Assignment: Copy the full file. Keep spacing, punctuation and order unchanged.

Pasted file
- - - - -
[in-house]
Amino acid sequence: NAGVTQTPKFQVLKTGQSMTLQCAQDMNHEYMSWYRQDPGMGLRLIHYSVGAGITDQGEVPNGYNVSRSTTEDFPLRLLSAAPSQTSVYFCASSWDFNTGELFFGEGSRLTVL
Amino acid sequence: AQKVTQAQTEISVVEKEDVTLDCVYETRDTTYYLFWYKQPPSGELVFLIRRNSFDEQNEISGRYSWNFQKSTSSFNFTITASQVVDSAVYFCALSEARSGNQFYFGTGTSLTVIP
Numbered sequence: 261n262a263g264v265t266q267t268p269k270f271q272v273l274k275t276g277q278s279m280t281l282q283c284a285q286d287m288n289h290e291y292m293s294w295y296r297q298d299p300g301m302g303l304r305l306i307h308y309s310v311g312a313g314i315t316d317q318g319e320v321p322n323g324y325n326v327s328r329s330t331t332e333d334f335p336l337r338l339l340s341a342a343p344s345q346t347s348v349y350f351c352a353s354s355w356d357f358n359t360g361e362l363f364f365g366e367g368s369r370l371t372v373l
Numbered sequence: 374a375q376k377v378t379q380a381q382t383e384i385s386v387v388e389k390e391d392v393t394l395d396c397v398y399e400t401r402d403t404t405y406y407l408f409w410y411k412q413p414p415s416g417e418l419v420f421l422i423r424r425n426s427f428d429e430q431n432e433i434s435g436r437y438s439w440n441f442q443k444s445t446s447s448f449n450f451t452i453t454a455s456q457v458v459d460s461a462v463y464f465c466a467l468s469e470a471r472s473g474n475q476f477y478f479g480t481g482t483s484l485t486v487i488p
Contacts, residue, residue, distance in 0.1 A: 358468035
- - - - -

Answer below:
[in-house]
Amino acid sequence: NAGVTQTPKFQVLKTGQSMTLQCAQDMNHEYMSWYRQDPGMGLRLIHYSVGAGITDQGEVPNGYNVSRSTTEDFPLRLLSAAPSQTSVYFCASSWDFNTGELFFGEGSRLTVL
Amino acid sequence: AQKVTQAQTEISVVEKEDVTLDCVYETRDTTYYLFWYKQPPSGELVFLIRRNSFDEQNEISGRYSWNFQKSTSSFNFTITASQVVDSAVYFCALSEARSGNQFYFGTGTSLTVIP
Numbered sequence: 261n262a263g264v265t266q267t268p269k270f271q272v273l274k275t276g277q278s279m280t281l282q283c284a285q286d287m288n289h290e291y292m293s294w295y296r297q298d299p300g301m302g303l304r305l306i307h308y309s310v311g312a313g314i315t316d317q318g319e320v321p322n323g324y325n326v327s328r329s330t331t332e333d334f335p336l337r338l339l340s341a342a343p344s345q346t347s348v349y350f351c352a353s354s355w356d357f358n359t360g361e362l363f364f365g366e367g368s369r370l371t372v373l
Numbered sequence: 374a375q376k377v378t379q380a381q382t383e384i385s386v387v388e389k390e391d392v393t394l395d396c397v398y399e400t401r402d403t404t405y406y407l408f409w410y411k412q413p414p415s416g417e418l419v420f421l422i423r424r425n426s427f428d429e430q431n432e433i434s435g436r437y438s439w440n441f442q443k444s445t446s447s448f449n450f451t452i453t454a455s456q457v458v459d460s461a462v463y464f465c466a467l468s469e470a471r472s473g474n475q476f477y478f479g480t481g482t483s484l485t486v487i488p
Contacts, residue, residue, distance in 0.1 A: 358468035